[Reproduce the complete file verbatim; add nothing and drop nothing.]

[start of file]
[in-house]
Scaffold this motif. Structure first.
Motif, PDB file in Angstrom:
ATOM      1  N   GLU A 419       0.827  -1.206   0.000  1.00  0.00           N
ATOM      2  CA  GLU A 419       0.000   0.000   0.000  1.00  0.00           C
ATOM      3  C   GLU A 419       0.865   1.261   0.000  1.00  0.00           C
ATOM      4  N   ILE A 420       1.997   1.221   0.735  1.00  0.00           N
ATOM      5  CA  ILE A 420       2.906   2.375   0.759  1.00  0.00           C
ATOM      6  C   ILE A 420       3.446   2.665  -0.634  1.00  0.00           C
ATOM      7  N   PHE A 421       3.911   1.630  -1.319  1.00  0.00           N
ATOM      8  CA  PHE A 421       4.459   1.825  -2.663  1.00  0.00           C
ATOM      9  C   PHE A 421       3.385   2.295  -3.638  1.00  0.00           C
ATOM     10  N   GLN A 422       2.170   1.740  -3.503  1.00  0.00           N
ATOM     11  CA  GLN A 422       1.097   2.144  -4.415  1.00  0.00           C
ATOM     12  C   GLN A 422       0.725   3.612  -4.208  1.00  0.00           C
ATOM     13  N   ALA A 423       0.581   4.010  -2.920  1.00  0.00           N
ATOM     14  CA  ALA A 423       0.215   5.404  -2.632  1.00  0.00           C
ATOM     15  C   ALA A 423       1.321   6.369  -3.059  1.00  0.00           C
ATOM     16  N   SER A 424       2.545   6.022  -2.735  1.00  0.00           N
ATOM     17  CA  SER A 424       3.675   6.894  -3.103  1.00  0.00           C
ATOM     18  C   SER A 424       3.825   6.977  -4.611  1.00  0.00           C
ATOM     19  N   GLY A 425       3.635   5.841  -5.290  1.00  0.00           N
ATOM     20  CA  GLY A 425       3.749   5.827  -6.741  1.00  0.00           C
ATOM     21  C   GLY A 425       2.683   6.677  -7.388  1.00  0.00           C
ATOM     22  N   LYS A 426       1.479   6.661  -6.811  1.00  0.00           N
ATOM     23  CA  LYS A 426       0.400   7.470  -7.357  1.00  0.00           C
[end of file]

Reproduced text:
[in-house]
Scaffold this motif. Structure first.
Motif, PDB file in Angstrom:
ATOM      1  N   GLU A 419       0.827  -1.206   0.000  1.00  0.00           N
ATOM      2  CA  GLU A 419       0.000   0.000   0.000  1.00  0.00           C
ATOM      3  C   GLU A 419       0.865   1.261   0.000  1.00  0.00           C
ATOM      4  N   ILE A 420       1.997   1.221   0.735  1.00  0.00           N
ATOM      5  CA  ILE A 420       2.906   2.375   0.759  1.00  0.00           C
ATOM      6  C   ILE A 420       3.446   2.665  -0.634  1.00  0.00           C
ATOM      7  N   PHE A 421       3.911   1.630  -1.319  1.00  0.00           N
ATOM      8  CA  PHE A 421       4.459   1.825  -2.663  1.00  0.00           C
ATOM      9  C   PHE A 421       3.385   2.295  -3.638  1.00  0.00           C
ATOM     10  N   GLN A 422       2.170   1.740  -3.503  1.00  0.00           N
ATOM     11  CA  GLN A 422       1.097   2.144  -4.415  1.00  0.00           C
ATOM     12  C   GLN A 422       0.725   3.612  -4.208  1.00  0.00           C
ATOM     13  N   ALA A 423       0.581   4.010  -2.920  1.00  0.00           N
ATOM     14  CA  ALA A 423       0.215   5.404  -2.632  1.00  0.00           C
ATOM     15  C   ALA A 423       1.321   6.369  -3.059  1.00  0.00           C
ATOM     16  N   SER A 424       2.545   6.022  -2.735  1.00  0.00           N
ATOM     17  CA  SER A 424       3.675   6.894  -3.103  1.00  0.00           C
ATOM     18  C   SER A 424       3.825   6.977  -4.611  1.00  0.00           C
ATOM     19  N   GLY A 425       3.635   5.841  -5.290  1.00  0.00           N
ATOM     20  CA  GLY A 425       3.749   5.827  -6.741  1.00  0.00           C
ATOM     21  C   GLY A 425       2.683   6.677  -7.388  1.00  0.00           C
ATOM     22  N   LYS A 426       1.479   6.661  -6.811  1.00  0.00           N
ATOM     23  CA  LYS A 426       0.400   7.470  -7.357  1.00  0.00           C